Marcus Bunyan
Tell me your face before you were born
1994
Silver gelatin photograph

 

 

George Paton Gallery
Level Two, Union House
The University of Melbourne 3010
Enquiries: +61 3 8344 5418
Email: gpg@union.unimelb.edu.au

Opening hours:
Monday – Friday 12 pm – 6 pm
Saturday 2 pm – 5 pm

George Paton Gallery website

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The University of Melbourne logo Australian Lesbian and Gay Archives website
Victorian AIDS Council website Nite Art Melbourne website
George Paton Gallery University of Melbourne Student Union
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03
Jul
14

Exhibition: ‘Ana Mendieta: Traces’ at the Museum der Moderne Salzburg

Exhibition dates: 29th March – 6th July 2014

 

If I had half of this artists courage, I might not even have a quarter of her talent.

Marcus

.
Many thankx to the Museum der Moderne Salzburg for allowing me to publish the photographs and text in the posting. Please click on the photographs for a larger version of the image.

View the catalogue essays Ana Mendieta: Traces by Stephanie Rosenthal and Embers by Adrian Heathfield (2.66Mb pdf)

 

 

“Art is a material act of culture, but its greatest value is its spiritual role, and that influences society, because it’s the greatest contribution to the intellectual and moral development of humanity that can be made”

“My art is grounded on the belief in one universal energy which runs through everything; from insect to man, from man to spectre, from spectre to plant, from plant to galaxy.”

“To me, the work has existed on different levels. It existed on the level of being in nature and eventually being eroded away. But obviously when it’s shown to someone as a photograph, that’s what it is.”

.
Ana Mendieta

 

The few women working with the body at that time were in instant affinity with each other… The struggle for all of us was to keep the sensuousness of the body and to de-eroticize it in terms of cultural expectations. It was gratifying and exciting to discover her work. Those of us who had already been situating the body as central to our visual aesthetic could also anticipate the resistance that would be around her.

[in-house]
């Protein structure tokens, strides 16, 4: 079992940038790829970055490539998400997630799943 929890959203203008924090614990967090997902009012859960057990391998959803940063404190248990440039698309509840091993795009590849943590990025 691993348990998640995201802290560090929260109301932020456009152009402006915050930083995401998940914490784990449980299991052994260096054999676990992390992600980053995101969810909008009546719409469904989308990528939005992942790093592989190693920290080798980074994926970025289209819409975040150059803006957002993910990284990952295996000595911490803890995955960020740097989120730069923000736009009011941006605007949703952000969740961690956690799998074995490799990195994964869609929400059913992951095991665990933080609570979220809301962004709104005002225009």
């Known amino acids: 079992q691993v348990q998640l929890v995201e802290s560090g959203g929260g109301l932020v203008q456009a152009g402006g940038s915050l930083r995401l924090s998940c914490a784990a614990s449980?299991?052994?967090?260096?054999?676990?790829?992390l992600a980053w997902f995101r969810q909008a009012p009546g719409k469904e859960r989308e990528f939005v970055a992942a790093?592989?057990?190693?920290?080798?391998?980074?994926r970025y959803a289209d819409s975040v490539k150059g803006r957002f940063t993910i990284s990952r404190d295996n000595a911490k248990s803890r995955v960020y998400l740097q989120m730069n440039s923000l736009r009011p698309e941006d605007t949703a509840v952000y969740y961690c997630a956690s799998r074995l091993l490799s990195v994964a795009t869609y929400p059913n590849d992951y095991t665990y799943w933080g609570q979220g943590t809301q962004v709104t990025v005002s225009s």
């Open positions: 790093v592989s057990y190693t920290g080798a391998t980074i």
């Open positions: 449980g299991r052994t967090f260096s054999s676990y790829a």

I see her death as part of some larger denial of the feminine. Like a huge metaphor saying, we don’t want this depth of feminine eroticism, nature, absorption, integration to happen. It’s too organic. It’s too sacral. In a way, her death also has a symbolic trajectory. More than Ana dies, when she dies.”

.
Carolee Schneeman quoted in Camhi, Leslie. “ART; Her Body, Herself,” on the New York Times website published June 20, 2004 [Online] Cited 20/06/2014

 

“You do feel the sadness that she’s not with us and you wonder where she would have gone with her work.”

.
Raquelin
 Mendieta

 

 

Ana Mendieta. 'Untitled (Facial Cosmetic Variations)' (detail) 1972

 

Ana Mendieta
Untitled (Facial Cosmetic Variations)
(detail)
1972
Suite of eight color photographs (estate prints, 1997)
Each 50.8 x 40.6 cm
The Estate of Ana Mendieta Collection; courtesy Galerie Lelong, New York and Paris

 

Ana Mendieta. 'Untitled (Facial Hair Transplant)' 1972

 

Ana Mendieta
Untitled (Facial Hair Transplant)
1972
Suite of seven colour photographs, estate prints 1997
© The Estate of Ana Mendieta Collection, L.L.C.
Courtesy Galerie Lelong, New York and Paris and Alison Jacques Gallery, London

 

Ana Mendieta. 'Rape' 1973

 

Ana Mendieta
Rape
1973
Color photograph (lifetime print)
20.4 x 25.4 cm
The Estate of Ana Mendieta Collection; courtesy Galerie Lelong, New York and Paris

 

Ana Mendieta. 'Rape Scene' 1973

 

Ana Mendieta
Rape Scene
1973
Color photograph (lifetime print)
39.8 x 31 x 3.2 cm (framed)
Tate: Presented by the American Patrons of Tate, courtesy of the Latin American Acquisitions Committee 2010

 

Rape Scene (1973) was part of series of works devised in response to the rape and murder of a fellow student on the Iowa University campus, where Mendieta completed her BA, MA (painting) and an MFA (inter-media). She invited friends and fellow students to her apartment. The viewer entered through a slightly ajar door into a dark apartment into a room where the artist appeared under a single source of light revealing Mendieta stripped from the waist down. The artist stood slouched and bound over a table, nude from the waist down with her body smeared in blood. Around her was an assemblage of broken plates and blood on the floor. Her direct identification with a specific victim meant that she could not be seen as an anonymous object in a theatrical tableau.